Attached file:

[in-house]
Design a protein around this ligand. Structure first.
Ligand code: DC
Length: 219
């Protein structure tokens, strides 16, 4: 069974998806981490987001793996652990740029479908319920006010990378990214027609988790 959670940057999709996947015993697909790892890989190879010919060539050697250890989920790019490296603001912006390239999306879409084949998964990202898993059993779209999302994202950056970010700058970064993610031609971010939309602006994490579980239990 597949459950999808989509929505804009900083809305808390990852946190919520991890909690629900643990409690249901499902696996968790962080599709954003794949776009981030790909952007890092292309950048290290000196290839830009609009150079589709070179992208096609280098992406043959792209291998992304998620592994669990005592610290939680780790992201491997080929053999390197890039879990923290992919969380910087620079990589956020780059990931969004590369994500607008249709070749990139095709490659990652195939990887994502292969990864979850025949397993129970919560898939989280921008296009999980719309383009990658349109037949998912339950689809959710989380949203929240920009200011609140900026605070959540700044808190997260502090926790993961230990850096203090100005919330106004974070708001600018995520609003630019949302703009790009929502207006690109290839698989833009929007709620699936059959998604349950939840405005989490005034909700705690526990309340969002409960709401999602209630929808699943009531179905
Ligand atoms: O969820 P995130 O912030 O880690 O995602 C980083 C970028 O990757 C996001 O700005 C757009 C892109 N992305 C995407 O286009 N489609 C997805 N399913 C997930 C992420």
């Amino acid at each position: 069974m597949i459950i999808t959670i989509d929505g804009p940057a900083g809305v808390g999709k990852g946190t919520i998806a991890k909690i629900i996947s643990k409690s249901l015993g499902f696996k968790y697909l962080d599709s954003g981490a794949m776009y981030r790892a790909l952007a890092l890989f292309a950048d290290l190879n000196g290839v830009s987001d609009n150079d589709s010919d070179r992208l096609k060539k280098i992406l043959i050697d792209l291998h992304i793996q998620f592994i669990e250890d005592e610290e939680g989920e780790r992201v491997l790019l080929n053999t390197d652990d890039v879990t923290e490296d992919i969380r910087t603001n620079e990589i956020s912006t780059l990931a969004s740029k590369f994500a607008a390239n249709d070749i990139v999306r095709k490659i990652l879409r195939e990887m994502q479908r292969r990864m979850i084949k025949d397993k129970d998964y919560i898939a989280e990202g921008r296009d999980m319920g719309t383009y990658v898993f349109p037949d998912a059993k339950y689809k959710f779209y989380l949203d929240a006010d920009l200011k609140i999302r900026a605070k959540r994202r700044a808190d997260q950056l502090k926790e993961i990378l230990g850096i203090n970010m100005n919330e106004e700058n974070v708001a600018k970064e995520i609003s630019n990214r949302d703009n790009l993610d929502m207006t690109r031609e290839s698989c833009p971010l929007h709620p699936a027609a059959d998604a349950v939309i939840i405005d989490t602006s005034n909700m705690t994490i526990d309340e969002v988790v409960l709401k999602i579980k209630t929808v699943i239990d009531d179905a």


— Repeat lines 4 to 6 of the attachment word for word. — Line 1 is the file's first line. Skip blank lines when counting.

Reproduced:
Length: 219
């Protein structure tokens, strides 16, 4: 069974998806981490987001793996652990740029479908319920006010990378990214027609988790 959670940057999709996947015993697909790892890989190879010919060539050697250890989920790019490296603001912006390239999306879409084949998964990202898993059993779209999302994202950056970010700058970064993610031609971010939309602006994490579980239990 597949459950999808989509929505804009900083809305808390990852946190919520991890909690629900643990409690249901499902696996968790962080599709954003794949776009981030790909952007890092292309950048290290000196290839830009609009150079589709070179992208096609280098992406043959792209291998992304998620592994669990005592610290939680780790992201491997080929053999390197890039879990923290992919969380910087620079990589956020780059990931969004590369994500607008249709070749990139095709490659990652195939990887994502292969990864979850025949397993129970919560898939989280921008296009999980719309383009990658349109037949998912339950689809959710989380949203929240920009200011609140900026605070959540700044808190997260502090926790993961230990850096203090100005919330106004974070708001600018995520609003630019949302703009790009929502207006690109290839698989833009929007709620699936059959998604349950939840405005989490005034909700705690526990309340969002409960709401999602209630929808699943009531179905
Ligand atoms: O969820 P995130 O912030 O880690 O995602 C980083 C970028 O990757 C996001 O700005 C757009 C892109 N992305 C995407 O286009 N489609 C997805 N399913 C997930 C992420």